On February 27th, still reeling from the desecration of Jewish cemeteries in St. Louis and in our own backyard, we learned that the Perlman Jewish Day School, on the campus of the Kaiserman JCC – my gym, my kids’ pre-school, my safe place – was closed due to bomb threats. Jewish day schools up and down the Eastern seaboard were also closed because of bomb threats. What are we, the Hebrew Immigrant Aid Society of Pennsylvania, to make of this? We, who have been trying to protect immigrants and refugees of all faiths from the new Administration’s weekly attacks since January 20 find ourselves reflecting, sadly, on the relationship between those attacks against immigrants and refugees and these attacks against Jews.
We were founded 134 years ago by Jews seeking to rescue fellow Jews from pogroms (terrorist attacks on Jews in Eastern Europe). We lived through the Holocaust, the Soviet Jewry movement and most recently, the Jews needing rescue from the Ukraine. And through it all, HIAS Pennsylvania has been the rescuer, not the one needing rescue.
But today, with 22 million refugees in the world and 63.5 million displaced persons, we live in a country that wants to forbid the rescue of whole countries of persons fleeing war and persecution and whole religious groups. We live in a country that deems 50,000 – the lowest number of refugees accepted into this country since September 11 – to be an appropriate number to welcome without regard to what will happen to the remaining millions or to our European allies who will have to shoulder the lion’s share of responding to this humanitarian crisis.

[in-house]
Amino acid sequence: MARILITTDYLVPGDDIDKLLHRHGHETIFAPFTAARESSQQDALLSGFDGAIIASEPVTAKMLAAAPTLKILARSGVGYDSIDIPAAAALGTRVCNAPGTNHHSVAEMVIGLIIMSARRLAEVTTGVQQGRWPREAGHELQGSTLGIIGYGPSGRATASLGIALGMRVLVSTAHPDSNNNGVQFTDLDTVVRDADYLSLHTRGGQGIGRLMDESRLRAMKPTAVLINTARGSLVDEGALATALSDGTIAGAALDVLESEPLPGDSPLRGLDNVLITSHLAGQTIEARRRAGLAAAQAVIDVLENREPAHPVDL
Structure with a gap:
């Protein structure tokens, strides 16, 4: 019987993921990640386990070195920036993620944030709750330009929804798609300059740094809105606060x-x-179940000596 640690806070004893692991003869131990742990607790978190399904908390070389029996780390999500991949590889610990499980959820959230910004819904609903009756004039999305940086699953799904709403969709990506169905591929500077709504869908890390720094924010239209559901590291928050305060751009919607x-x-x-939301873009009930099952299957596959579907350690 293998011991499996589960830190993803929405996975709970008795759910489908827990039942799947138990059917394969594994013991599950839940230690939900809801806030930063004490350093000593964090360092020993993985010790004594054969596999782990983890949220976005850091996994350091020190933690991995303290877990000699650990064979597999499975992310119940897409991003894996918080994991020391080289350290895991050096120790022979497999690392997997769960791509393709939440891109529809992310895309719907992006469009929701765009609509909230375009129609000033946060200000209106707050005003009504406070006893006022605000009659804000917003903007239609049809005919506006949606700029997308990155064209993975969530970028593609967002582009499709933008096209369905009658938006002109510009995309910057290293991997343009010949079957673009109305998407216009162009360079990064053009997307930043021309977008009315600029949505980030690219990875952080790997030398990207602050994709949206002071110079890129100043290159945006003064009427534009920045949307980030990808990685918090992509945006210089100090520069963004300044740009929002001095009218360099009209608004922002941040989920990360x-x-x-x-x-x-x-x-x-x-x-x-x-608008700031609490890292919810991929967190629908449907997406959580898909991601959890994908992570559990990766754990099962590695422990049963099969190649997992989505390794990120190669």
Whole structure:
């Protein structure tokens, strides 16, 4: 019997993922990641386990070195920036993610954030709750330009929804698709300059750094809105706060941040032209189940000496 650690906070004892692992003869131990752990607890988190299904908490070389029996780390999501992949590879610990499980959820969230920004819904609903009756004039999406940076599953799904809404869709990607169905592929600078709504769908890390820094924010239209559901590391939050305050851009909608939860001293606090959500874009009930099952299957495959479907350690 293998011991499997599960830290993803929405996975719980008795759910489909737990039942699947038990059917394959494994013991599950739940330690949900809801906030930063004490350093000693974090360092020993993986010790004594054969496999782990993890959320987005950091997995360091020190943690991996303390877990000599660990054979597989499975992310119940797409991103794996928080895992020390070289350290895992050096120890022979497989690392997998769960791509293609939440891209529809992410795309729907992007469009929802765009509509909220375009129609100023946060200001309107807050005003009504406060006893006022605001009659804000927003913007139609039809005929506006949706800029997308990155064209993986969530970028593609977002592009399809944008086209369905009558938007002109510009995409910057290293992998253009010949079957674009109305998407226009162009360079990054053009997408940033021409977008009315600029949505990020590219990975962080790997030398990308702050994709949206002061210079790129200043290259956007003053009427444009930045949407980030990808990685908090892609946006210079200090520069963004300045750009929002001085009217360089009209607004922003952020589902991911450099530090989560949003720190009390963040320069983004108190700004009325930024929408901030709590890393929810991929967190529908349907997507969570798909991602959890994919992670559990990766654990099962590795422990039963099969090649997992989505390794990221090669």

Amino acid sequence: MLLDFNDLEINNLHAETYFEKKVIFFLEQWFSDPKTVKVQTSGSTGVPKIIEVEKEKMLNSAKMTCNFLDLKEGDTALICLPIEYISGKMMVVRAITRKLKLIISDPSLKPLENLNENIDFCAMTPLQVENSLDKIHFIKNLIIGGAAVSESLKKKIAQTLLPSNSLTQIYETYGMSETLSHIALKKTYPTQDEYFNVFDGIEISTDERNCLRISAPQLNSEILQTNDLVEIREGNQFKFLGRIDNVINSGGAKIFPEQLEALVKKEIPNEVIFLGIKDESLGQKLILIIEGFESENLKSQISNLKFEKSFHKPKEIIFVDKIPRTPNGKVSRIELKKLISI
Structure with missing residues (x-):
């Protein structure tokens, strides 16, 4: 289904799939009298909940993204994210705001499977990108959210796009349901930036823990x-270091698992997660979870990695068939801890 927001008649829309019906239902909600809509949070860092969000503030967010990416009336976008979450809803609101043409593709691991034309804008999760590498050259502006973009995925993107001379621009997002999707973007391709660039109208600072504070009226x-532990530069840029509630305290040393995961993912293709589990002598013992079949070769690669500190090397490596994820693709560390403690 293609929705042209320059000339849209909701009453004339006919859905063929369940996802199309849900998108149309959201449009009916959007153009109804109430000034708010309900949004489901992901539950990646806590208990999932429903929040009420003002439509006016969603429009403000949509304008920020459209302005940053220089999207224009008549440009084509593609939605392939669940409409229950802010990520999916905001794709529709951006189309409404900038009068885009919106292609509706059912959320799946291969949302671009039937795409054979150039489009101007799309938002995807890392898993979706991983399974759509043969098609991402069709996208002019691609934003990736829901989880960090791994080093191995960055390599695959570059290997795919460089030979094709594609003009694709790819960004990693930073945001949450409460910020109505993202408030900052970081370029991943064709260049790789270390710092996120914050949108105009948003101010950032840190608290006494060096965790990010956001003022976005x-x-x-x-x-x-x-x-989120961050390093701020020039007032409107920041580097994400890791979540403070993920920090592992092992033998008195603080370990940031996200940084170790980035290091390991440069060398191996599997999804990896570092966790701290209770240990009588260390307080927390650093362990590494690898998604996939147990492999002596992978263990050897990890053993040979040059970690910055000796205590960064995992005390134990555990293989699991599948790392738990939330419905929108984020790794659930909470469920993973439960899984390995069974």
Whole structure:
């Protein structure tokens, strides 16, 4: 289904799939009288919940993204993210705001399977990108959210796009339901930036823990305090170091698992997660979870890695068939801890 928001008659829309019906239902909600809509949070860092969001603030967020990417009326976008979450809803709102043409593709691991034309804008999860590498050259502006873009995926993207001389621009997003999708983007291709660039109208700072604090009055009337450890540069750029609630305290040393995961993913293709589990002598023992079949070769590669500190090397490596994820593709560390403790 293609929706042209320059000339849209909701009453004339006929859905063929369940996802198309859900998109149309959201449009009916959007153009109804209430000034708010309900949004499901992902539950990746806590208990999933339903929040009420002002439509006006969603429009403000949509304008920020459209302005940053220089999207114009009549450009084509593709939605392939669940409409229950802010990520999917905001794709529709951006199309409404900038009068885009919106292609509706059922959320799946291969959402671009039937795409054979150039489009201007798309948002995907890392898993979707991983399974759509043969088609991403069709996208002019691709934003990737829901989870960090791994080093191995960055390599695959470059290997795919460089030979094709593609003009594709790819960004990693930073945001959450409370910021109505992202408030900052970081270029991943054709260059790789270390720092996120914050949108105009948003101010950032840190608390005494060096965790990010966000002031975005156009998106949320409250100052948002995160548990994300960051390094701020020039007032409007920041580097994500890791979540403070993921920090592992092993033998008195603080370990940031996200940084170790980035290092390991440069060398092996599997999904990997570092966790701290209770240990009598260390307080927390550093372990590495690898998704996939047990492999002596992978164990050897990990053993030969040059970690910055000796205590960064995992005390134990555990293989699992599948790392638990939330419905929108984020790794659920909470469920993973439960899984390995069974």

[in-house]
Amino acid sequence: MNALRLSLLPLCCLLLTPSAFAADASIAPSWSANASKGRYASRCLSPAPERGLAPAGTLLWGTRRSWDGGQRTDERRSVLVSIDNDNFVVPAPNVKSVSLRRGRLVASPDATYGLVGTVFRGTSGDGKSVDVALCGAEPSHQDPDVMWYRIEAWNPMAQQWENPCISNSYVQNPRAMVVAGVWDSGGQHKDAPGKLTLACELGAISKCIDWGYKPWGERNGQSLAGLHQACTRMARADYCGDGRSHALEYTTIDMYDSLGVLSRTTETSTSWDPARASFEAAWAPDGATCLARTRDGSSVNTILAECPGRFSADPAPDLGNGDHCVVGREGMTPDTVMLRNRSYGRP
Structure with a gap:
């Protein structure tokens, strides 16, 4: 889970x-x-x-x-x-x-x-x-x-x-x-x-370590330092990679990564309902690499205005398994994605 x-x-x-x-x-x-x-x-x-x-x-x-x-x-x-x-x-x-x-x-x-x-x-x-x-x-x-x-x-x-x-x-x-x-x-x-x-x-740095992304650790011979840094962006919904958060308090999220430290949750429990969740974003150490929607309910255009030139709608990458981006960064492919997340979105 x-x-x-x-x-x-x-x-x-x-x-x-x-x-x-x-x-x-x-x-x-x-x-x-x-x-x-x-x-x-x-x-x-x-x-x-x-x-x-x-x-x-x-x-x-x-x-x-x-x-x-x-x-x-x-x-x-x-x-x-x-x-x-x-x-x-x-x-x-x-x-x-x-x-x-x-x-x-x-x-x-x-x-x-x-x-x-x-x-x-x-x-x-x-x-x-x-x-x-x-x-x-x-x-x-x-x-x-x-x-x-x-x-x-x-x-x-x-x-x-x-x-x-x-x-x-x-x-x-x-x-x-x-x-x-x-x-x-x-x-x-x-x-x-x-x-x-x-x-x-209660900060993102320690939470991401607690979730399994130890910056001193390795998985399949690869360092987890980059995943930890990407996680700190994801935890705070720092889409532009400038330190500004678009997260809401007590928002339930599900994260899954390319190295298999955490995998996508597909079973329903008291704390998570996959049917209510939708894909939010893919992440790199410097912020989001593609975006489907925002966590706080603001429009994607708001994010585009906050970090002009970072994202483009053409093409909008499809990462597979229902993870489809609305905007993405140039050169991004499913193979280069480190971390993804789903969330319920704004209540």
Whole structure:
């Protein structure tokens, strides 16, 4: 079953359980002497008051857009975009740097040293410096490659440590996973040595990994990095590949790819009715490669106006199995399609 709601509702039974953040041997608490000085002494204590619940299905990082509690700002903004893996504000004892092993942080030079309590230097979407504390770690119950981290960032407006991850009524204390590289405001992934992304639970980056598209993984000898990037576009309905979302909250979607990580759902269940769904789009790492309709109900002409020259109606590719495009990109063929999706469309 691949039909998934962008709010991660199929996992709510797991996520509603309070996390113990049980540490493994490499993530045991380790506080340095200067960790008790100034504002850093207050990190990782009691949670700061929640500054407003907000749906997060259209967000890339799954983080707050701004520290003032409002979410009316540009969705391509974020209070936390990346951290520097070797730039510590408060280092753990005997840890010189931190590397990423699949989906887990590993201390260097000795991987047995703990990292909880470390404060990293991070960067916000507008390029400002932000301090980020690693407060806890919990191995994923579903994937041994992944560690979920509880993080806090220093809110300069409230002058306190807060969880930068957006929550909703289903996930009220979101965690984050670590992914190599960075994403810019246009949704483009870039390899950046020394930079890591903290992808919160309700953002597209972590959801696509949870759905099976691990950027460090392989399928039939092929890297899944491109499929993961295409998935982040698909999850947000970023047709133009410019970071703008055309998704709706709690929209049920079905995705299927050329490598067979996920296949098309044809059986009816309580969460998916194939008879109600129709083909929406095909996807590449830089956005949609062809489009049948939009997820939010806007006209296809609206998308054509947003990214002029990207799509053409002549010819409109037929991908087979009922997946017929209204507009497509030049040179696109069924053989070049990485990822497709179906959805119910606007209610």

What does all this have to do with the horrendous events of the past several days? These attacks bring into stark relief the world that we are creating – a world where a Jewish Agency can no longer welcome hundreds of Muslim refugees, where a Syrian Christian case manager can no longer welcome a Bhutanese Muslim family, where a Burmese employment specialist can no longer help an Iraqi teacher find a professorship at Temple University and where a young third generation American woman with Irish roots can no longer welcome a single Ugandan gay man who left his family, his home, his country and everything he had ever known, fleeing through the middle of the night so that he could come to a place where he can love who he chooses.
It is not clear who committed the recent acts of hatred against the Jewish community or why. But here’s what is clear, HIAS Pennsylvania’s history and mission are rooted in the Jewish tradition of welcoming the stranger. And welcoming the stranger is all about transforming – through love – a stranger into a friend. Policies that interfere with that history and that mission are policies that, at best arrest the transformative power of welcoming and at worst lead to the divisiveness and hatred that we see all around us today. We are heartbroken for those that have suffered directly at the hands of whoever did this and we are heartbroken for ourselves who for so many years had peace within our grasp.
We will attend the community gathering sponsored by the City on Thursday and pray for peace to be restored and for the chance to continue practicing peace. We stand with all of you who have suffered and take strength from your support in these dark times. Shalom Aleichem.